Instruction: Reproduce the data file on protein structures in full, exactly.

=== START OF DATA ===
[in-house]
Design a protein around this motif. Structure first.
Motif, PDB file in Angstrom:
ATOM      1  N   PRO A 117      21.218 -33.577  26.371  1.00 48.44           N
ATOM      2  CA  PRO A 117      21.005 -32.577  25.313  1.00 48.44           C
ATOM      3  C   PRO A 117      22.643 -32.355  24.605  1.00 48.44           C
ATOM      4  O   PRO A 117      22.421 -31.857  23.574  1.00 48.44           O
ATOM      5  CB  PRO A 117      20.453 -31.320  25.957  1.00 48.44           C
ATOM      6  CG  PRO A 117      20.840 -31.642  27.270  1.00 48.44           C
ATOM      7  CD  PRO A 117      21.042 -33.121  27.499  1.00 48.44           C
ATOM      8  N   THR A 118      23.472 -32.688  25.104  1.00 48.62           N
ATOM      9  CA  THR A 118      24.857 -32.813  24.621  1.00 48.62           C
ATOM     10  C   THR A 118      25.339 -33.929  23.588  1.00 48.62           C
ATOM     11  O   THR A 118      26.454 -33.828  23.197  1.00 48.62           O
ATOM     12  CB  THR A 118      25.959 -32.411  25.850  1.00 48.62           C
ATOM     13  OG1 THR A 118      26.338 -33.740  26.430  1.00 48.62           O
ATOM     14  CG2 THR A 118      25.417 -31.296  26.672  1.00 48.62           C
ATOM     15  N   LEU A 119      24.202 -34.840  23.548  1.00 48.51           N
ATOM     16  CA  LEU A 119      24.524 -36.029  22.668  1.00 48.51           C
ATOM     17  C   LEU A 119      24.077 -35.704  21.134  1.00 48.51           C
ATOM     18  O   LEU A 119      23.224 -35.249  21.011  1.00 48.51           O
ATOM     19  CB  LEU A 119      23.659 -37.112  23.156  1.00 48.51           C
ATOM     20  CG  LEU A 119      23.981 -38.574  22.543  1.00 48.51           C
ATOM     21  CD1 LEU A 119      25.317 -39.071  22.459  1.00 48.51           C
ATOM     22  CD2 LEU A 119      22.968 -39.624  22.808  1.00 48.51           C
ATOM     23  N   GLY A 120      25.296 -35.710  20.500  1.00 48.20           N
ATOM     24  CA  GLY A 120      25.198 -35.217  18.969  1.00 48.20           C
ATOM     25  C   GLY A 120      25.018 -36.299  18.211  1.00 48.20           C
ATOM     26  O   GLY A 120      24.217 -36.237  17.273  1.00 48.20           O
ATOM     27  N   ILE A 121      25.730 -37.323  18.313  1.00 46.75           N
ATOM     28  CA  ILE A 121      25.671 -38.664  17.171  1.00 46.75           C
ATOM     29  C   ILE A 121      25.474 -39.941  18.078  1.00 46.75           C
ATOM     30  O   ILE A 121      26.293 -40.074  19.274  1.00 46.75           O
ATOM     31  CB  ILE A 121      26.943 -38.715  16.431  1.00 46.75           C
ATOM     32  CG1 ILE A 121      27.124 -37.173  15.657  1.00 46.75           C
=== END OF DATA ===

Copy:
[in-house]
Design a protein around this motif. Structure first.
Motif, PDB file in Angstrom:
ATOM      1  N   PRO A 117      21.218 -33.577  26.371  1.00 48.44           N
ATOM      2  CA  PRO A 117      21.005 -32.577  25.313  1.00 48.44           C
ATOM      3  C   PRO A 117      22.643 -32.355  24.605  1.00 48.44           C
ATOM      4  O   PRO A 117      22.421 -31.857  23.574  1.00 48.44           O
ATOM      5  CB  PRO A 117      20.453 -31.320  25.957  1.00 48.44           C
ATOM      6  CG  PRO A 117      20.840 -31.642  27.270  1.00 48.44           C
ATOM      7  CD  PRO A 117      21.042 -33.121  27.499  1.00 48.44           C
ATOM      8  N   THR A 118      23.472 -32.688  25.104  1.00 48.62           N
ATOM      9  CA  THR A 118      24.857 -32.813  24.621  1.00 48.62           C
ATOM     10  C   THR A 118      25.339 -33.929  23.588  1.00 48.62           C
ATOM     11  O   THR A 118      26.454 -33.828  23.197  1.00 48.62           O
ATOM     12  CB  THR A 118      25.959 -32.411  25.850  1.00 48.62           C
ATOM     13  OG1 THR A 118      26.338 -33.740  26.430  1.00 48.62           O
ATOM     14  CG2 THR A 118      25.417 -31.296  26.672  1.00 48.62           C
ATOM     15  N   LEU A 119      24.202 -34.840  23.548  1.00 48.51           N
ATOM     16  CA  LEU A 119      24.524 -36.029  22.668  1.00 48.51           C
ATOM     17  C   LEU A 119      24.077 -35.704  21.134  1.00 48.51           C
ATOM     18  O   LEU A 119      23.224 -35.249  21.011  1.00 48.51           O
ATOM     19  CB  LEU A 119      23.659 -37.112  23.156  1.00 48.51           C
ATOM     20  CG  LEU A 119      23.981 -38.574  22.543  1.00 48.51           C
ATOM     21  CD1 LEU A 119      25.317 -39.071  22.459  1.00 48.51           C
ATOM     22  CD2 LEU A 119      22.968 -39.624  22.808  1.00 48.51           C
ATOM     23  N   GLY A 120      25.296 -35.710  20.500  1.00 48.20           N
ATOM     24  CA  GLY A 120      25.198 -35.217  18.969  1.00 48.20           C
ATOM     25  C   GLY A 120      25.018 -36.299  18.211  1.00 48.20           C
ATOM     26  O   GLY A 120      24.217 -36.237  17.273  1.00 48.20           O
ATOM     27  N   ILE A 121      25.730 -37.323  18.313  1.00 46.75           N
ATOM     28  CA  ILE A 121      25.671 -38.664  17.171  1.00 46.75           C
ATOM     29  C   ILE A 121      25.474 -39.941  18.078  1.00 46.75           C
ATOM     30  O   ILE A 121      26.293 -40.074  19.274  1.00 46.75           O
ATOM     31  CB  ILE A 121      26.943 -38.715  16.431  1.00 46.75           C
ATOM     32  CG1 ILE A 121      27.124 -37.173  15.657  1.00 46.75           C